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States Have a "Political Addiction to Gambling," Says Prof. Ken Bode

April 1, 2005

April 1, 2005, Greencastle, Ind. - "The week that more Americans gamble than any other each year is the one when we all fill out our brackets for the NCAA men's basketball tournament. That's the week I found myself on a slow road trip back East, passing through red states and blue, picking up local news on the radio and local newspapers at the truck stops," writes Ken Bode in today's Indianapolis Star. The Eugene S. Pulliam Distinguished Visiting Professor of Journalism at DePauw University continues, "Whatever the cultural or values differences in the red/blue dichotomy, one thing they all have in common is a political addiction to gambling."

In his weekly op-ed for the newspaper, Dr. Bode writes, "It doesn't matter who is in the saddle, Republicans or Democrats, legalized gambling has become a painless revenue stream that enables politicians to meet their budgets without raising taxes. Only eight states raised taxes in 2004; 30 considered gambling proposals."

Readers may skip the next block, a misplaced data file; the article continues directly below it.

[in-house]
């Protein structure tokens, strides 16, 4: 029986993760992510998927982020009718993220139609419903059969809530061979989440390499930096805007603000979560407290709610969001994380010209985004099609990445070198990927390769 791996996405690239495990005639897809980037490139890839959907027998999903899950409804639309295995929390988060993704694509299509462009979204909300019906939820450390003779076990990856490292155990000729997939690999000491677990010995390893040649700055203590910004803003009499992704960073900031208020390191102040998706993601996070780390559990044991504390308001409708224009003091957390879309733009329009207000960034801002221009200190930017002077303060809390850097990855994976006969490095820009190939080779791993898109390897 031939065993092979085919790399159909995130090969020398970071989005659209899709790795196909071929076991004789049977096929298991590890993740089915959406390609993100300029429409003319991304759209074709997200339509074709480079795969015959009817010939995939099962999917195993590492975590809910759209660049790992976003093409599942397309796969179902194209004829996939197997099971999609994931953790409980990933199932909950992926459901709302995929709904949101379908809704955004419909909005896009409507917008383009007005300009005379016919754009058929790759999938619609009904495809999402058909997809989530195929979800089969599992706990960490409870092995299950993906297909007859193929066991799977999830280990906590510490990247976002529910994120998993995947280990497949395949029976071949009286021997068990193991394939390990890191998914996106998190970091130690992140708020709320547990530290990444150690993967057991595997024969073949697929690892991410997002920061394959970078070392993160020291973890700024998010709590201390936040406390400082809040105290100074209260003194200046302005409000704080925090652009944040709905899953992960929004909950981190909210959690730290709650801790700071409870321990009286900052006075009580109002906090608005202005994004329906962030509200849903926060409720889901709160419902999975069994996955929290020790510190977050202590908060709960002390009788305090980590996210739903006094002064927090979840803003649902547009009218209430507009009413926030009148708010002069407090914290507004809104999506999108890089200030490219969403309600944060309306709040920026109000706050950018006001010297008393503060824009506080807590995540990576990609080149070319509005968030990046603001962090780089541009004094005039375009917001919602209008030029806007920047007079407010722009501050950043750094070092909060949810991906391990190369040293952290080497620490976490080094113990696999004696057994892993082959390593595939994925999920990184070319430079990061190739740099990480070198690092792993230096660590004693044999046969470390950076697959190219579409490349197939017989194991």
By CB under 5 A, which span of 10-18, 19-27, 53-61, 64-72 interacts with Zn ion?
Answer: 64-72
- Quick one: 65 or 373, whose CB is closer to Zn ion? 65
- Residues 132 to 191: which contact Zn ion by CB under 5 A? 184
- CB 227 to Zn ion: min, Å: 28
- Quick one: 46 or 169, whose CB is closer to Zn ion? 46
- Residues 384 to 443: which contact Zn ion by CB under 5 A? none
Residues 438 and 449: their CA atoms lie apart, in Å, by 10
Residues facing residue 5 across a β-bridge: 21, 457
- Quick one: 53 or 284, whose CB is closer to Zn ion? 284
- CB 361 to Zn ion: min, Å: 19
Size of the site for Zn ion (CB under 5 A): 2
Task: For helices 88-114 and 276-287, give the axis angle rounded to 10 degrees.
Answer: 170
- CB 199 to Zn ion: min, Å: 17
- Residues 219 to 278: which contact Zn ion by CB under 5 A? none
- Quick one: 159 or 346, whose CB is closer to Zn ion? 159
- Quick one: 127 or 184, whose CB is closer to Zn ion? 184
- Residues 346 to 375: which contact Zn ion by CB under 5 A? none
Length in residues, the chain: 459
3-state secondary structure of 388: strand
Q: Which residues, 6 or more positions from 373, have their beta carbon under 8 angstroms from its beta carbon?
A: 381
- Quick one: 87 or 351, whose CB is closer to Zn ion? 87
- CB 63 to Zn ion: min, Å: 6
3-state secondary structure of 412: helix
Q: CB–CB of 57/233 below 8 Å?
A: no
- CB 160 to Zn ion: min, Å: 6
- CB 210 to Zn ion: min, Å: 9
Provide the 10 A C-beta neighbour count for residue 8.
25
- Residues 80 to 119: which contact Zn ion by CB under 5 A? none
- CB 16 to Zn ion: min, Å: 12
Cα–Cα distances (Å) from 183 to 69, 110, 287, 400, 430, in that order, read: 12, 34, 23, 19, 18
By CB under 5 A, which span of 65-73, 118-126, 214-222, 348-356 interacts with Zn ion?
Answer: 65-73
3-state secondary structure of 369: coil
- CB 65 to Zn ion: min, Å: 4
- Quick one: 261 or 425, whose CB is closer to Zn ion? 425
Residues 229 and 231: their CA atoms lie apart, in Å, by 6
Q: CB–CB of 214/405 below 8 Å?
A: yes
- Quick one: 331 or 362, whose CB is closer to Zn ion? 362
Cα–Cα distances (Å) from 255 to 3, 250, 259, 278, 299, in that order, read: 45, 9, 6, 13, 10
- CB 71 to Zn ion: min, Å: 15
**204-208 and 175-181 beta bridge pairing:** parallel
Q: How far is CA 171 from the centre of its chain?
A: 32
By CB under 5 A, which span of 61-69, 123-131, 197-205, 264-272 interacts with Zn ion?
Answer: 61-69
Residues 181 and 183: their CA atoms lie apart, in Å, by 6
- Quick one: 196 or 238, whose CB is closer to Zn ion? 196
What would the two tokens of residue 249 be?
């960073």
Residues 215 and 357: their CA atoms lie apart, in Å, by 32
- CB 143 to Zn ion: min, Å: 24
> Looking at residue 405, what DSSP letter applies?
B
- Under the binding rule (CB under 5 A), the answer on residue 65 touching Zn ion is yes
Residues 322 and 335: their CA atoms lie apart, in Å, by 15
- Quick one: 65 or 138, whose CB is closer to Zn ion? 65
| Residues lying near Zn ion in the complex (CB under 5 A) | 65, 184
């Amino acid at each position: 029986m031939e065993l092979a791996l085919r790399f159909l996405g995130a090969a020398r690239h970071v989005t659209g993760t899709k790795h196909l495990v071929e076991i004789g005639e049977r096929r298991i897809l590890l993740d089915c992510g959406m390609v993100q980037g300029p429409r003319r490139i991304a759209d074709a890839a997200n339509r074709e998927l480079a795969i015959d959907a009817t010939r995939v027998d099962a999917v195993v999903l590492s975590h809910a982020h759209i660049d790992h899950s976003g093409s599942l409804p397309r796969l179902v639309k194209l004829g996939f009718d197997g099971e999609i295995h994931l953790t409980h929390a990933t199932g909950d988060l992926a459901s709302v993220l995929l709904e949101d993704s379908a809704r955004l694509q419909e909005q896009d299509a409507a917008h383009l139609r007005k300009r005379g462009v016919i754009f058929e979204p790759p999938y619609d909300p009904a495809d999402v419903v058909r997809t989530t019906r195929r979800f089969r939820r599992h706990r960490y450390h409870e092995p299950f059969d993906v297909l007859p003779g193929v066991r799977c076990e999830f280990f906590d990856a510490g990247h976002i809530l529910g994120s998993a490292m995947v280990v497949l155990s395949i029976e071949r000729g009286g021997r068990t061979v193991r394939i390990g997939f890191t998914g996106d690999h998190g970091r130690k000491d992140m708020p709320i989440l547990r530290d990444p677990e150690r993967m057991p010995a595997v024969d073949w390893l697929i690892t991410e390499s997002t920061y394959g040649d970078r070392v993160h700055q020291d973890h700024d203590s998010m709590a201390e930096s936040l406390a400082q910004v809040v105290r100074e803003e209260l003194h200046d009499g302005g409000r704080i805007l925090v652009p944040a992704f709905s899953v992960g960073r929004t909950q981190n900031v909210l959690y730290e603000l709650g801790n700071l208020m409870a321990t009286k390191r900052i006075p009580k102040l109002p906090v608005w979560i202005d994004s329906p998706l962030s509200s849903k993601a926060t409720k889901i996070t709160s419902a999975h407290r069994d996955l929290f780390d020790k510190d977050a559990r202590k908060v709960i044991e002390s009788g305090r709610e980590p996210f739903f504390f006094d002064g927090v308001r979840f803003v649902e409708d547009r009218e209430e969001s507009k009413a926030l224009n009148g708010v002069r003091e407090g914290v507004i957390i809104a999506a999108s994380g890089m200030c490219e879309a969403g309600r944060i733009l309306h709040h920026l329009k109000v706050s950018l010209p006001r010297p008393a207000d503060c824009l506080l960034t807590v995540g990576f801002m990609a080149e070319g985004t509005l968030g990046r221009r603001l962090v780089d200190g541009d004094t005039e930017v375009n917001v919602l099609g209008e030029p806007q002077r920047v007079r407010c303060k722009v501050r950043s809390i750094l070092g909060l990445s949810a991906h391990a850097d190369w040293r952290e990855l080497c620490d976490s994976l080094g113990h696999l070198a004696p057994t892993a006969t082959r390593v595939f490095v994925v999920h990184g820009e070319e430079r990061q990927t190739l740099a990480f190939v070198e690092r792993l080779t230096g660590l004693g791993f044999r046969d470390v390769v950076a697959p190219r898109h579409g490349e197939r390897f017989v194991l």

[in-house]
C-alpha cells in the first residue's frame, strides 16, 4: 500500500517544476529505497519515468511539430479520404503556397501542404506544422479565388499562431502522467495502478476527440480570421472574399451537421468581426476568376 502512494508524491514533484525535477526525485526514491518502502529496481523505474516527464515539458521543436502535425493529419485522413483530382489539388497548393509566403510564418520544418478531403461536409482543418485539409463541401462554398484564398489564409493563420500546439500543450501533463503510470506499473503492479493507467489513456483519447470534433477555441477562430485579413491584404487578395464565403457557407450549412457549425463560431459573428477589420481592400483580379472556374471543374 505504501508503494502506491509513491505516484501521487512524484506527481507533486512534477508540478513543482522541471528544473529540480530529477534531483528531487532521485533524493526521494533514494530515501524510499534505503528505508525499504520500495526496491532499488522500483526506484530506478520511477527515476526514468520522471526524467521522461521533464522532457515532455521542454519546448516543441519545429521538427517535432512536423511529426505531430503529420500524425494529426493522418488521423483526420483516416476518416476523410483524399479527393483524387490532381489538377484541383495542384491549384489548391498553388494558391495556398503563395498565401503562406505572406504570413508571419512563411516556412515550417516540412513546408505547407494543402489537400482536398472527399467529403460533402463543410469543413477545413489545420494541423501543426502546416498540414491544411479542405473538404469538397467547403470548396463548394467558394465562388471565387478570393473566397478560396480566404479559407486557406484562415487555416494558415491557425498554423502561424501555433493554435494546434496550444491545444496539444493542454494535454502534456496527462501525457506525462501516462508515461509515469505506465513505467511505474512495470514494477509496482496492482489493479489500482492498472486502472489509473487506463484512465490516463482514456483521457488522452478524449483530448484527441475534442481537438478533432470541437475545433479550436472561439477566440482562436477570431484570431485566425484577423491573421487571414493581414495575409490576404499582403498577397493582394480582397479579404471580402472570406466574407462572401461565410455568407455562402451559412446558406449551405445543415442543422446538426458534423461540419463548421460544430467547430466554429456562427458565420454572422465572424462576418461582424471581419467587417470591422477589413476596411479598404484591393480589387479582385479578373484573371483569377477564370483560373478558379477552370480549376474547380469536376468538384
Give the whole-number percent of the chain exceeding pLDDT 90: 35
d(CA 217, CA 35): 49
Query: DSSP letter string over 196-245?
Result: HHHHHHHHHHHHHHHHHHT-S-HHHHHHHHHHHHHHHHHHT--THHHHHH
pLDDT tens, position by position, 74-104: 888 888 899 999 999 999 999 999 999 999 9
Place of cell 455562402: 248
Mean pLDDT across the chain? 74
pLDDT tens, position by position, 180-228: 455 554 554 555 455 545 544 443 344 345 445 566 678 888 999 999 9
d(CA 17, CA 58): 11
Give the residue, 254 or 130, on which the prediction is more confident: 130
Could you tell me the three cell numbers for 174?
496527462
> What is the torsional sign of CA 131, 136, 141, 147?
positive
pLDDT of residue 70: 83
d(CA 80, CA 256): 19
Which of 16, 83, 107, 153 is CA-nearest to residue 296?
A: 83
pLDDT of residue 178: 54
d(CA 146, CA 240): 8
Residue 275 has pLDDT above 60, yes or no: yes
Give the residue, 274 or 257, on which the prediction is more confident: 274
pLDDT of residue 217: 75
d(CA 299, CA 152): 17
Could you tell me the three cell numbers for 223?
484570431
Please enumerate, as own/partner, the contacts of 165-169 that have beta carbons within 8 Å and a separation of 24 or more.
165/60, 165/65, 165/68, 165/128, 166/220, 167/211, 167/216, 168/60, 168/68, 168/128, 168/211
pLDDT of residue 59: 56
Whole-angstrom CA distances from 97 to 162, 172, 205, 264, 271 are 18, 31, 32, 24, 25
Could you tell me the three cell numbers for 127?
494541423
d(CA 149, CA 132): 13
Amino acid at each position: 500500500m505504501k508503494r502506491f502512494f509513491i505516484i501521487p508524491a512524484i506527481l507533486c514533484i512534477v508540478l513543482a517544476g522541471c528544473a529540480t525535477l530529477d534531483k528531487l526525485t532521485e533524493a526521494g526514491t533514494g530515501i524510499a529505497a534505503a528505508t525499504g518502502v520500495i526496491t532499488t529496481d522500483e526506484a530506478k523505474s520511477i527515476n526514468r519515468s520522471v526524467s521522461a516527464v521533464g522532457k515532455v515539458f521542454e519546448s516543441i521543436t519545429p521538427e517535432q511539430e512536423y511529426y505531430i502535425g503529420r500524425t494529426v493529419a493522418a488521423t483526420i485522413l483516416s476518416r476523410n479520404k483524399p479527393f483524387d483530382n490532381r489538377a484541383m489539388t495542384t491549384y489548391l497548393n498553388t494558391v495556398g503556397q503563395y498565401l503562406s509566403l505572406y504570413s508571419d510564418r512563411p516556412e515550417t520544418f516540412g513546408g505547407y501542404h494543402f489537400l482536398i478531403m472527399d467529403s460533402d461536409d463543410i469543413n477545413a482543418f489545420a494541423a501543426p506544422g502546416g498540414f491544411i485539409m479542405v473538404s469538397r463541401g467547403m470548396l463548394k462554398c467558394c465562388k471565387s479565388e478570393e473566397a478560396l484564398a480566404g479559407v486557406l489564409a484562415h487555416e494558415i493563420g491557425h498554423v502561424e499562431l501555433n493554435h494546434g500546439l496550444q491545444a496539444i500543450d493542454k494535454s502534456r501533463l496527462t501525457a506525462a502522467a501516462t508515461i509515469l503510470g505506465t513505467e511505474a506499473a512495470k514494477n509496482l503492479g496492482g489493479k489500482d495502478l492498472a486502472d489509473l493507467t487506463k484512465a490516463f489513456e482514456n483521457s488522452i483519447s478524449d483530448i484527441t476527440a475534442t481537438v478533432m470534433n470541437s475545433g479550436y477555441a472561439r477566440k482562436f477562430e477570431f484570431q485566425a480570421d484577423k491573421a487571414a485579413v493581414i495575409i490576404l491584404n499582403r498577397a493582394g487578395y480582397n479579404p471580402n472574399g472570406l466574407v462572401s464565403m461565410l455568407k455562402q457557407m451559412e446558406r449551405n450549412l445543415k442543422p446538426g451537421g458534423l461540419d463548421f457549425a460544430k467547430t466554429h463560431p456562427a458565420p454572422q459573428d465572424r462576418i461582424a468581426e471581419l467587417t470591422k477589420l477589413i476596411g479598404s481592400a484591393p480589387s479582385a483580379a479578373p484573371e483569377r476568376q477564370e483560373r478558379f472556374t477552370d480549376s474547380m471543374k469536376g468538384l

The professor provides a state-by-state account of his travels and each destination's relationship with gambling. One example: "In Delaware, where they are considering riverboats, the Republican House majority leader told the New York Times, 'Gambling revenues are like free money.' But it is not entirely free. The state's human services division estimates that 17 percent of Delaware's residents are at risk of developing a gambling addiction, with the percentage of elderly much higher."

In conclusion, the former senior political analyst at CNN states, "Back home in Indiana. With our riverboats, we now rank fourth in the country in terms of casino tax revenue. But, as we know from this year's legislative session, there is an appetite for more. As in other places, the question is where to put them... We need a stadium for the Colts and need to figure out how to pay for it. My modest proposal is that we build a go-to-hell colts helmet.gifstadium guaranteed to bring the Super Bowl to Indy and pay for it with a world-class casino in the basement. The Colts only use the place a few afternoons a year, but the casino could run 24/7 every day but Sunday. No slots on the Sabbath."

Read the complete essay at College News.org.

Other recent columns by Ken Bode, who will be inducted into the Indiana Journalism Hall of Fame on April 9 (read more here), can be accessed here, here, here, here, here, here, here, here, here, and here.

Source: Indianapolis Star

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